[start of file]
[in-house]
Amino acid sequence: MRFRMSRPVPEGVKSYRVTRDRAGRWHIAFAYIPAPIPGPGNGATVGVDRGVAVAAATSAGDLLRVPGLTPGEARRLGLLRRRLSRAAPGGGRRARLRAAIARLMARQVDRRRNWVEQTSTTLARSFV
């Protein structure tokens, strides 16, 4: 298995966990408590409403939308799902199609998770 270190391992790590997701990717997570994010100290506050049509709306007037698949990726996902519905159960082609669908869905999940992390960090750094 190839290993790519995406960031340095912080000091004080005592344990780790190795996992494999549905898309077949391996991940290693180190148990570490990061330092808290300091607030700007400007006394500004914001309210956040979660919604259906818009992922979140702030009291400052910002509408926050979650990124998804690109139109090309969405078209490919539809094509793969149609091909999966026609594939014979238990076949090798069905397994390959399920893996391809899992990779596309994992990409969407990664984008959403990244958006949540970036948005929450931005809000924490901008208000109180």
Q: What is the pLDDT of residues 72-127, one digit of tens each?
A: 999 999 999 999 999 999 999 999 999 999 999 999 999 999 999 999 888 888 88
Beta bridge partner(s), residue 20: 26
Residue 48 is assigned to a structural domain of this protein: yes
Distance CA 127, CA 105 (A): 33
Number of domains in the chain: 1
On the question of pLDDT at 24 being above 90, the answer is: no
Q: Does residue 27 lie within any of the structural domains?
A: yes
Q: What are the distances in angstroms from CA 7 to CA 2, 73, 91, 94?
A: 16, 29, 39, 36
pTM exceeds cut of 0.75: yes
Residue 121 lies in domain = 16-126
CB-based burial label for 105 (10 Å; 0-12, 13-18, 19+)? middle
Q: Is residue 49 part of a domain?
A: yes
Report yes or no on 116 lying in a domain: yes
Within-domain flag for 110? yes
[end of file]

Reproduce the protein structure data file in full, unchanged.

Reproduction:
[in-house]
Amino acid sequence: MRFRMSRPVPEGVKSYRVTRDRAGRWHIAFAYIPAPIPGPGNGATVGVDRGVAVAAATSAGDLLRVPGLTPGEARRLGLLRRRLSRAAPGGGRRARLRAAIARLMARQVDRRRNWVEQTSTTLARSFV
């Protein structure tokens, strides 16, 4: 298995966990408590409403939308799902199609998770 270190391992790590997701990717997570994010100290506050049509709306007037698949990726996902519905159960082609669908869905999940992390960090750094 190839290993790519995406960031340095912080000091004080005592344990780790190795996992494999549905898309077949391996991940290693180190148990570490990061330092808290300091607030700007400007006394500004914001309210956040979660919604259906818009992922979140702030009291400052910002509408926050979650990124998804690109139109090309969405078209490919539809094509793969149609091909999966026609594939014979238990076949090798069905397994390959399920893996391809899992990779596309994992990409969407990664984008959403990244958006949540970036948005929450931005809000924490901008208000109180």
Q: What is the pLDDT of residues 72-127, one digit of tens each?
A: 999 999 999 999 999 999 999 999 999 999 999 999 999 999 999 999 888 888 88
Beta bridge partner(s), residue 20: 26
Residue 48 is assigned to a structural domain of this protein: yes
Distance CA 127, CA 105 (A): 33
Number of domains in the chain: 1
On the question of pLDDT at 24 being above 90, the answer is: no
Q: Does residue 27 lie within any of the structural domains?
A: yes
Q: What are the distances in angstroms from CA 7 to CA 2, 73, 91, 94?
A: 16, 29, 39, 36
pTM exceeds cut of 0.75: yes
Residue 121 lies in domain = 16-126
CB-based burial label for 105 (10 Å; 0-12, 13-18, 19+)? middle
Q: Is residue 49 part of a domain?
A: yes
Report yes or no on 116 lying in a domain: yes
Within-domain flag for 110? yes